It is also best to use your cleaner on dry grass, so try to do this on a dry day. When there is forecast to be no rain for a few days in a row, this is the best time to get started. If you have a sprinkler system, make sure that you turn it off before you get started, to make sure your yard is as dry as possible.

The hardest part of the cleaning process is making sure that you are getting every last bit of the virus, which is almost impossible. However, you can do your best to get into all the little nooks where the virus might be hiding. To be the most effective, you should apply your chosen cleaning solution more than once, even up to three times to make sure that you go as much as possible.

Be aware that anything your dog has touched or stepped in is likely to be contaminated, and you will need to clean this area. It is usually best to start at one end of the yard and slowly work your way up to the other end of the yard to ensure the most efficient coverage. If you have a particularly large garden, then you might want to consider taking it a section at a time for the best results.

If you live with a dog that has or had parvo, then it is most likely going to be on your shoes and clothing, so you could even be bringing parvo back and forth between the yard and the home.  So, don’t forget to disinfect your clothes and shoes at the same time. If you or your dog have been in contact with another dog or home that has parvo, you could have easily brought it home with you.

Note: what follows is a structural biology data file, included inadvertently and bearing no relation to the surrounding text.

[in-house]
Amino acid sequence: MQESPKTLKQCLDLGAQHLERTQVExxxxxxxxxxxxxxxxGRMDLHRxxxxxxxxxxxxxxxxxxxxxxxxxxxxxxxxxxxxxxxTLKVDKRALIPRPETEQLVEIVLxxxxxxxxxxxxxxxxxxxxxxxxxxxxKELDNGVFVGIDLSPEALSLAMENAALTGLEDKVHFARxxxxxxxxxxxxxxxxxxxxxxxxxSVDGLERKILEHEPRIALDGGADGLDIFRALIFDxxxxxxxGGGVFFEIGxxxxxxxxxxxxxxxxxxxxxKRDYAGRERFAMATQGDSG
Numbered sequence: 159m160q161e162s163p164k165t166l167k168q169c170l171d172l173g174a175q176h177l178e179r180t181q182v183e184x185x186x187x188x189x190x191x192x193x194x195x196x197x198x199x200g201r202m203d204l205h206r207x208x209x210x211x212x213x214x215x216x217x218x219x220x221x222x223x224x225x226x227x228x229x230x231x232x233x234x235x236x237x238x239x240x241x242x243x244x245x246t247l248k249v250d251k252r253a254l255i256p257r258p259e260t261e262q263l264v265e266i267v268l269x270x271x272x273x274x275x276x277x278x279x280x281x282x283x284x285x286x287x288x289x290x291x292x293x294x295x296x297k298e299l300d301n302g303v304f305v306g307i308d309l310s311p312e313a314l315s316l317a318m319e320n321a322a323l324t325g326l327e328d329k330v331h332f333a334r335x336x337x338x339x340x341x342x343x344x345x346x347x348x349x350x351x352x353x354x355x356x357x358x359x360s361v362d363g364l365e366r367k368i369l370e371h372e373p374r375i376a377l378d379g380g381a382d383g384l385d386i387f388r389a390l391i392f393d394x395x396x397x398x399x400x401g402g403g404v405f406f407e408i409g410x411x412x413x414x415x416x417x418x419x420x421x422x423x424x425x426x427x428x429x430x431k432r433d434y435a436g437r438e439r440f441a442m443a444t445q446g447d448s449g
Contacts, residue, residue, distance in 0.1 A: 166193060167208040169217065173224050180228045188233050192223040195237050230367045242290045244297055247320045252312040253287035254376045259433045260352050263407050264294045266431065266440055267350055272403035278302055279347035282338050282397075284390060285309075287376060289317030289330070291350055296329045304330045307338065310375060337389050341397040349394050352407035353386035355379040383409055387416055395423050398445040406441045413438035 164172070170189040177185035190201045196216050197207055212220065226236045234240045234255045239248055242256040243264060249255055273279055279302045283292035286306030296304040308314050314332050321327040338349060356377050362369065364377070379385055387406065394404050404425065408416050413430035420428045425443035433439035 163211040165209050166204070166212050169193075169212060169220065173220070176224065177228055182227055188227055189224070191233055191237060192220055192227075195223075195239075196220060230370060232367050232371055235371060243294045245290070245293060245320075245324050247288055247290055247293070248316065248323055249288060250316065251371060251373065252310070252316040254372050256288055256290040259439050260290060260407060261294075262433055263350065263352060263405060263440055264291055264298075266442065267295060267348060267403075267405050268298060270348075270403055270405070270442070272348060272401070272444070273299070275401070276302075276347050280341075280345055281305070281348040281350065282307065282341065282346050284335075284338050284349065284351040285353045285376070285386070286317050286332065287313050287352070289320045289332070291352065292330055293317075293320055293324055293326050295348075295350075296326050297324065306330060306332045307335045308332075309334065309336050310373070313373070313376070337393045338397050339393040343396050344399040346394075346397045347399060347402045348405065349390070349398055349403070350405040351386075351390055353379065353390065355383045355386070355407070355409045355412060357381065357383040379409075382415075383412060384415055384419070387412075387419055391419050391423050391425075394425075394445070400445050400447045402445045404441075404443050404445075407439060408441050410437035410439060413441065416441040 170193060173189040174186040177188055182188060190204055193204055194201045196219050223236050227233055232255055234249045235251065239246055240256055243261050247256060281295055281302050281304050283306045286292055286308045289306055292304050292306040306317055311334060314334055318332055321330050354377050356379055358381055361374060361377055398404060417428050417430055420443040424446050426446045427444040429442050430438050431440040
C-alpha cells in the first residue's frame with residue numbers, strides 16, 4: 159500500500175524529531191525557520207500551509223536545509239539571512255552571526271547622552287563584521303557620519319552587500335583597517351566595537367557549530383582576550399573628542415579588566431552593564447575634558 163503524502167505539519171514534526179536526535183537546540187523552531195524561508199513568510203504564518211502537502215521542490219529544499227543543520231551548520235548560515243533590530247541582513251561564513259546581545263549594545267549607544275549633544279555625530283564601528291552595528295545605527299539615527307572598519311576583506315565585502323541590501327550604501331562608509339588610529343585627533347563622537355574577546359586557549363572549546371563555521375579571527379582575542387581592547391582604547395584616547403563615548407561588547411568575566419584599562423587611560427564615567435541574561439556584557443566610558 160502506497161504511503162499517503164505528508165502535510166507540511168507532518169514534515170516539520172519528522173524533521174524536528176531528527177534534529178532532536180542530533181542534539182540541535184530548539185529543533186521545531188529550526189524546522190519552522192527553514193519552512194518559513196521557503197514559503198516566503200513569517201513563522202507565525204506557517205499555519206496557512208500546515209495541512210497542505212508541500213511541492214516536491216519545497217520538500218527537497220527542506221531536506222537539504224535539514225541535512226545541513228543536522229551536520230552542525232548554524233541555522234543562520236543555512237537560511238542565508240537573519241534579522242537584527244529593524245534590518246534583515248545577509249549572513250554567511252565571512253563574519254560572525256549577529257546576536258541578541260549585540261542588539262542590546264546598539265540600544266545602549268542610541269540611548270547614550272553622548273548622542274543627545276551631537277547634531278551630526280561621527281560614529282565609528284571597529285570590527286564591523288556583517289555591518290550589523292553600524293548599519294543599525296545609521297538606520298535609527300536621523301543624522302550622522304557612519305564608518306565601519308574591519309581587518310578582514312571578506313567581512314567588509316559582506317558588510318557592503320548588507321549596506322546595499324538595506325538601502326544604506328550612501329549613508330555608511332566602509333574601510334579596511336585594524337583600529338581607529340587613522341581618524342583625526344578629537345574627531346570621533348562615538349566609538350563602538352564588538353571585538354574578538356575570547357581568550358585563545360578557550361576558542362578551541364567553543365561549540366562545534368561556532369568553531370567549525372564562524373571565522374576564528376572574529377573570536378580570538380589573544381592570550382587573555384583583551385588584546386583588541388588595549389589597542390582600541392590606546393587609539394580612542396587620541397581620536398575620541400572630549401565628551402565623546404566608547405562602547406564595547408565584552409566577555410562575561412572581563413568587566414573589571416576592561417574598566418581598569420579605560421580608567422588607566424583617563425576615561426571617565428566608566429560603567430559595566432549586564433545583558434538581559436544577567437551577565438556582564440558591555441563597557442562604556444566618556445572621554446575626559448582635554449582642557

So, if you know a dog with parvo, and you have been in contact with them, it might be worth giving your house and yard a spring-clean, just to be on the safe side.

Can My Puppy Contact Parvo From Our Backyard?

It is possible for your dog to contract parvo from your backyard due to the fact that parvovirus is very resilient, and can survive in your yard for years under the right circumstances. So, if there is parvo in your backyard, you will need to get it cleaned up to ensure your dog’s safety.

Anyone in your household can pick up parvo just by walking down the street or through a park, even if your dog hasn’t been there. You can then bring it into your home without realizing. This is why it is so important to keep unvaccinated puppies indoors and away from other dogs. Once your puppies have had their vaccinations, they will be free to roam the great outdoors as they please.

You might also want to consider cleaning your garden following our methods above if you want to be as safe as possible.


While parvo is a resilient virus that doesn’t want to give up, it is possible to get rid of it using the right cleaning solutions and methods.

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About the author


Kerry White is an avid dog lover and writer, knowing all there is to know about our furry friends. Kerry has been writing for PetDT for three years now, wanting to use her knowledge for good and share everything she can with new dog owners.Kerry has two dogs herself - a German shepherd called Banjo and a chocolate labrador called Buttons. Kerry knows more than anyone how adjusting to new life with a puppy can turn your life upside down, and she wants to ease some of the burdens through her articles.